Beadlet Anemone

The beadlet anemone (Actinia equina) are red anemones found on rocky shores all over UK coastlines.
beadlet anemone - Castle Beach North - 29 Jul 2020
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The beadlet anemone (Actinia equina)  is small red anemone that looks like red circular blobs on rockpools and is found on most UK rocky shores. They only reveal their short tentacles when underwater and use the base of their body as a strong sucker to keep them attached to the shore. They hide their tentacles when exposed as a way to tolerate high temperatures and lack of water. These anemones can be 5cm in diameter and have up to 192 tentacles! They are usually dark red in colour but can also have some browns, greens and oranges and if you look closely you might be able to see blue beads just under their tentacles, these are called acrorhagi and contain stinging cells. Don’t worry though they aren’t dangerous to humans and are used to deter neighbouring individuals.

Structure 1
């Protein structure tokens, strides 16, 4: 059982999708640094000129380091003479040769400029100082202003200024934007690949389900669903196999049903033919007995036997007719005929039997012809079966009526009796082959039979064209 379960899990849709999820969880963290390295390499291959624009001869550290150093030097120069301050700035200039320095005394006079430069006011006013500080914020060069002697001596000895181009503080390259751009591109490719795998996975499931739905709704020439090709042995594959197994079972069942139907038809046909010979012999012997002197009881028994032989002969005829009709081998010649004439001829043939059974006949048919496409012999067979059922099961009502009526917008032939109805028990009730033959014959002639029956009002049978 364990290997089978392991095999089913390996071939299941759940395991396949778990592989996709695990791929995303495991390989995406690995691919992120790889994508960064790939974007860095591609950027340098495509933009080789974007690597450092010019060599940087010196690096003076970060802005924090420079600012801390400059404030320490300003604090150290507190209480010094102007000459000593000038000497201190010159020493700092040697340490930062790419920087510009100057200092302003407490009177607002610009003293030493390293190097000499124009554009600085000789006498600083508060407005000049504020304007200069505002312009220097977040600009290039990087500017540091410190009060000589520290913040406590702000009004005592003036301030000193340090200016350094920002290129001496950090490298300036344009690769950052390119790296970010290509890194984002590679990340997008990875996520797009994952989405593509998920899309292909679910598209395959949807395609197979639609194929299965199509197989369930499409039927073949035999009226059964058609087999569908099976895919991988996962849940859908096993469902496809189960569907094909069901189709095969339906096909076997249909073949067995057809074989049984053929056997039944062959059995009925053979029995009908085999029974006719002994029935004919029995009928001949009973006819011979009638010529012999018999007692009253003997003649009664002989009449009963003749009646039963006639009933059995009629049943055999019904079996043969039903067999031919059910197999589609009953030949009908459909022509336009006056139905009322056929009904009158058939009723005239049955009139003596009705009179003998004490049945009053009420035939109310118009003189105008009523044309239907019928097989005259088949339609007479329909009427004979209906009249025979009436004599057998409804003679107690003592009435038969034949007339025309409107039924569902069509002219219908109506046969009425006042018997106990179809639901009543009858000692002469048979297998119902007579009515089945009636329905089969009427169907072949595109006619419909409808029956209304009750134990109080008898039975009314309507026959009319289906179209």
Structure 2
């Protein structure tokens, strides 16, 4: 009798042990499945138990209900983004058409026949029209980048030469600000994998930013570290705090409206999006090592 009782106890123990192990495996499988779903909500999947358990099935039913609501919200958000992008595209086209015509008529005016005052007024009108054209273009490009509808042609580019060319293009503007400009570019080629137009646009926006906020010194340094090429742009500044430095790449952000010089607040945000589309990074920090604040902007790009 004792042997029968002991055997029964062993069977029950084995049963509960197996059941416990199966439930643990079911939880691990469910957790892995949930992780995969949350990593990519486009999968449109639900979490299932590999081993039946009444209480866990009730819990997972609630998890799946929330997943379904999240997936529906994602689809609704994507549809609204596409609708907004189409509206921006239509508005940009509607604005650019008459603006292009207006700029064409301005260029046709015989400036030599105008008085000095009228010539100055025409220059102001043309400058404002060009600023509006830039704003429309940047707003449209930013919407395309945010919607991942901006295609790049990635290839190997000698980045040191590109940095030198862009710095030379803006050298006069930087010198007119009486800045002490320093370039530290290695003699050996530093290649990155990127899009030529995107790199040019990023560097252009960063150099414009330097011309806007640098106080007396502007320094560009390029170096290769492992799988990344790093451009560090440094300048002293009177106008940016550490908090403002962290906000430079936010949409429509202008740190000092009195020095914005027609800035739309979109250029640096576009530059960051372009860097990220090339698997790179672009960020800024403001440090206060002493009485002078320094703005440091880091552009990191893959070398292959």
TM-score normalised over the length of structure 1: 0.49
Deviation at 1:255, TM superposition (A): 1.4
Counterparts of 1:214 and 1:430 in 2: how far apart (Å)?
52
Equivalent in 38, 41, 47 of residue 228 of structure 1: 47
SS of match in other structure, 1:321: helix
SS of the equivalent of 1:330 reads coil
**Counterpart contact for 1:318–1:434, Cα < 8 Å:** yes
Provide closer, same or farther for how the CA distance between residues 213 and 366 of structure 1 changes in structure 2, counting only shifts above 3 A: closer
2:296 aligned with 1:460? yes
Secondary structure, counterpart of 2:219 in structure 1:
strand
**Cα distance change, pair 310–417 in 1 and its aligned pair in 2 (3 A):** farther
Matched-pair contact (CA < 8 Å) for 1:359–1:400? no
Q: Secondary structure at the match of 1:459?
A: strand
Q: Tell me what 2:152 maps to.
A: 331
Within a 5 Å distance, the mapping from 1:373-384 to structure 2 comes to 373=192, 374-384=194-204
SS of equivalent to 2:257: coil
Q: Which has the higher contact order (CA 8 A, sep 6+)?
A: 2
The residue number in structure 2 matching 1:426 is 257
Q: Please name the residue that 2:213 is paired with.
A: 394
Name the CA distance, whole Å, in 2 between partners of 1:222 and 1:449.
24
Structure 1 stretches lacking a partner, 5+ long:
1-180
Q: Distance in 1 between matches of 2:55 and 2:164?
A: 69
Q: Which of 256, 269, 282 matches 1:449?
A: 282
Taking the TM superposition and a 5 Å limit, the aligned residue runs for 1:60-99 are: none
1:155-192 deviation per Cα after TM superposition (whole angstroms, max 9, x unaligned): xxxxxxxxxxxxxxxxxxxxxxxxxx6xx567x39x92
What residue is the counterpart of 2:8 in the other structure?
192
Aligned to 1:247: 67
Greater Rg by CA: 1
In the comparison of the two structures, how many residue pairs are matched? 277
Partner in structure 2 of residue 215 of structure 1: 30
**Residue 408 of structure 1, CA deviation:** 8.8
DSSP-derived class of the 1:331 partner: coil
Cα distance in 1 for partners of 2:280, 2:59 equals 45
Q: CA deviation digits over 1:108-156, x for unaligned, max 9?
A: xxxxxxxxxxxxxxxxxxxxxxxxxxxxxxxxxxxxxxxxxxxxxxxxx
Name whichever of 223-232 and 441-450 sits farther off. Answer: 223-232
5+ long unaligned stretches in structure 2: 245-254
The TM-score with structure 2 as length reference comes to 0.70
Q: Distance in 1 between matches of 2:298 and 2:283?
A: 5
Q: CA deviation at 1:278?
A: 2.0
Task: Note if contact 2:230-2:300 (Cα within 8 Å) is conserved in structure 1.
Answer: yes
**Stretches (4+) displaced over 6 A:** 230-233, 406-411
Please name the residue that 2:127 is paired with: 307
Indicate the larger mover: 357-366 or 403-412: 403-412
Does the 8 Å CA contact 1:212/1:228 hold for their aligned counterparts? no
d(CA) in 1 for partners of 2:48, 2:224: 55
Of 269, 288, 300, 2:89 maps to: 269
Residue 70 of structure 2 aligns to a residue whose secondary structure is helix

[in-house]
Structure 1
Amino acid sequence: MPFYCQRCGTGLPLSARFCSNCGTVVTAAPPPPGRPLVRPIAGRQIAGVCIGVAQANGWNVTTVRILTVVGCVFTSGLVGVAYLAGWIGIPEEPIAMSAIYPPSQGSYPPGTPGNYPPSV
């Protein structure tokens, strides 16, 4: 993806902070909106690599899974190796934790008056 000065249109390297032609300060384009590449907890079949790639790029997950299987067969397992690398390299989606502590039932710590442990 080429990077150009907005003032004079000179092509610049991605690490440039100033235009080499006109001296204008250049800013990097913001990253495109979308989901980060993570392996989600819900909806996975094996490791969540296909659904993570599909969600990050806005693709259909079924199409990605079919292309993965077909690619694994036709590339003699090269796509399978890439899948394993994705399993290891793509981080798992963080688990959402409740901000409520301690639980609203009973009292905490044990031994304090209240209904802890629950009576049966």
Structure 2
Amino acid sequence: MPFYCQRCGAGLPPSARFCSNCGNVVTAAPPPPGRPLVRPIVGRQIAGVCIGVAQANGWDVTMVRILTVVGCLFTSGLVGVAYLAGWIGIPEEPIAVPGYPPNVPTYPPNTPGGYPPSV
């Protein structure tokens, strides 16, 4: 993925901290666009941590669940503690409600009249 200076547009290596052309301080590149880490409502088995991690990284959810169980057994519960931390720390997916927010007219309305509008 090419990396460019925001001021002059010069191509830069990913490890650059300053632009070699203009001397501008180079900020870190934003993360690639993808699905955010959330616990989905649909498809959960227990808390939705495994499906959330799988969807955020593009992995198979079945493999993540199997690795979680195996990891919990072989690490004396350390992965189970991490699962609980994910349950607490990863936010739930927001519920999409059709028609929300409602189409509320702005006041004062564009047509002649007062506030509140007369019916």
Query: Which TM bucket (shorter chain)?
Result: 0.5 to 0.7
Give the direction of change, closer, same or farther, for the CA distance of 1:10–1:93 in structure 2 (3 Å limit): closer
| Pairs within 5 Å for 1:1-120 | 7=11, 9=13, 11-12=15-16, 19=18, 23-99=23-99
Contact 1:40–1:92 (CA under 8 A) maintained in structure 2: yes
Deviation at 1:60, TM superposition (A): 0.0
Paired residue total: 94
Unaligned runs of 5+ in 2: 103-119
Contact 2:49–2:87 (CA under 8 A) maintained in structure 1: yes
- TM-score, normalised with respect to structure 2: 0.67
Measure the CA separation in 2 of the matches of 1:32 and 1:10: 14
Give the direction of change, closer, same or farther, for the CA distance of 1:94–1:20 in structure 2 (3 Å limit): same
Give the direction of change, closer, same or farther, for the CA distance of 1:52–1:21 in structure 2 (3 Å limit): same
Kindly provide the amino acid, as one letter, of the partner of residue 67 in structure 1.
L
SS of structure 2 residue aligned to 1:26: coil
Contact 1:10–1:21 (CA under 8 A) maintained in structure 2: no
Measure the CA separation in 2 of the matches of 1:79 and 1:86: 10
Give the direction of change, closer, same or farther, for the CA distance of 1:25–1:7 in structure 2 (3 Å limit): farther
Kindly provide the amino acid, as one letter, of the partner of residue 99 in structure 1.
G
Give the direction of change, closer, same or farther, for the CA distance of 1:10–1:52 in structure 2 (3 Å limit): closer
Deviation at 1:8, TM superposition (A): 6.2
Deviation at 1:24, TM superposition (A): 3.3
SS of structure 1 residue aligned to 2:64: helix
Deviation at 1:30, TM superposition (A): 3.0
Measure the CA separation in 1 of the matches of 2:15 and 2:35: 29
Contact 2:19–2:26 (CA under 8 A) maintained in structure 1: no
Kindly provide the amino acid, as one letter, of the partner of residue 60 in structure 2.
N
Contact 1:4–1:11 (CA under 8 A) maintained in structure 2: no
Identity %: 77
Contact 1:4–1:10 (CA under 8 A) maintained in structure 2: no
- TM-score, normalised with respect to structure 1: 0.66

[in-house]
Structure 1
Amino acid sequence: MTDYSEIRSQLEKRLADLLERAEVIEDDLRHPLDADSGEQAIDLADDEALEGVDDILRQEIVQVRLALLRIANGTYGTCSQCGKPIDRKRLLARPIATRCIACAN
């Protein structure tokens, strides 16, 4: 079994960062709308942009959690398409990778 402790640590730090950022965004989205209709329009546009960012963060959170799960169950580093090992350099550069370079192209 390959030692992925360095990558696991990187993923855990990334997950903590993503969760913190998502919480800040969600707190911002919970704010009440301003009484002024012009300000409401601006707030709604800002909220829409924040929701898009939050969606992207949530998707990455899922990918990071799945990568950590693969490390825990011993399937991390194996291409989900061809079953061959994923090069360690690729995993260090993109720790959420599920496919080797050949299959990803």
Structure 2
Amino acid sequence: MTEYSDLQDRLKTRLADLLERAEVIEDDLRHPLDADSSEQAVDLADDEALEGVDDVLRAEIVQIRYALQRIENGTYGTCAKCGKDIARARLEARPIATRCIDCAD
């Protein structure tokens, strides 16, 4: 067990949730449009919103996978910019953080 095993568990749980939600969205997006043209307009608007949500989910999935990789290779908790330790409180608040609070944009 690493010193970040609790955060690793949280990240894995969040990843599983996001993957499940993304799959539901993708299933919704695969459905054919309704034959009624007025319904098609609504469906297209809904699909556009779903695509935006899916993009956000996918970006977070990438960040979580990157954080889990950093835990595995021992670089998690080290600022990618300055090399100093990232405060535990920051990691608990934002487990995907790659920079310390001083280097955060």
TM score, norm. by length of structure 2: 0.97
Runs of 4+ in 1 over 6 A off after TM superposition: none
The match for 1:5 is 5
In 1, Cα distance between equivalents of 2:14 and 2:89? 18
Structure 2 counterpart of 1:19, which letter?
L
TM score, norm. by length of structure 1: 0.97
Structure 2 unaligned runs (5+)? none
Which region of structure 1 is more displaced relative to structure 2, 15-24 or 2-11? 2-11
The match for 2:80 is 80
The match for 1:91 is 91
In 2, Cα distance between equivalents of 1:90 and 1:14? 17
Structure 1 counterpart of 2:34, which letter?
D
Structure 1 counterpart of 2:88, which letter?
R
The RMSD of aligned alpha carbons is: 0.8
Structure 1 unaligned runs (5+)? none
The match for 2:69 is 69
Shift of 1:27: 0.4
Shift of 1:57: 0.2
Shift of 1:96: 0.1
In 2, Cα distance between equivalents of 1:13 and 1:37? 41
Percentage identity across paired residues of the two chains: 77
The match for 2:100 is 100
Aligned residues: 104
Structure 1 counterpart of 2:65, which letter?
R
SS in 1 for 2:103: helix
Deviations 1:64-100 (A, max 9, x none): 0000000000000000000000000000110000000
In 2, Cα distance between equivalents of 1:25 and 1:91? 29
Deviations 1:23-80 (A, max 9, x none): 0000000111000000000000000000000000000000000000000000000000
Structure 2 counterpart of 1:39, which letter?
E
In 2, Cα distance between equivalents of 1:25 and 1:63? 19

Kingdom: Animalia (Animals)

Phylum: Cnidaria (Aquatic animals that have special cells used to catch prey)

Class: Anthozoa (Marine invertebrates like anemones and stony and soft corals)

Order: Actiniaria (Sea anemones)

Family: Actiniidae (The largest sea anemone family)

Genus: Actinia (Anemones that display hetermorphosis – developing a second mouth if cut!)

Species: A. equina


You can find these anemones all year round on rocky shores all over the British Isles, as well as all along Western Europe and the Mediterranean Sea, and even as far as the Atlantic coast of Africa and South Africa. Because they use their body as a sucker, these little anemones need a hard surface to attach to. When rockpooling, you can find them on exposed and sheltered shores from the upper to lower shore as well. They have a depth range of up to 20m.


Beadlet anemones use stinging cells, or nematocysts, which act like mini harpoons, to inject their prey with venom. They are one of the most aggressive anemones and will eat just about anything they can catch such as shrimp, crabs, mussels and small fish.

Table of Contents

Rock Pool Project discoveries for this species: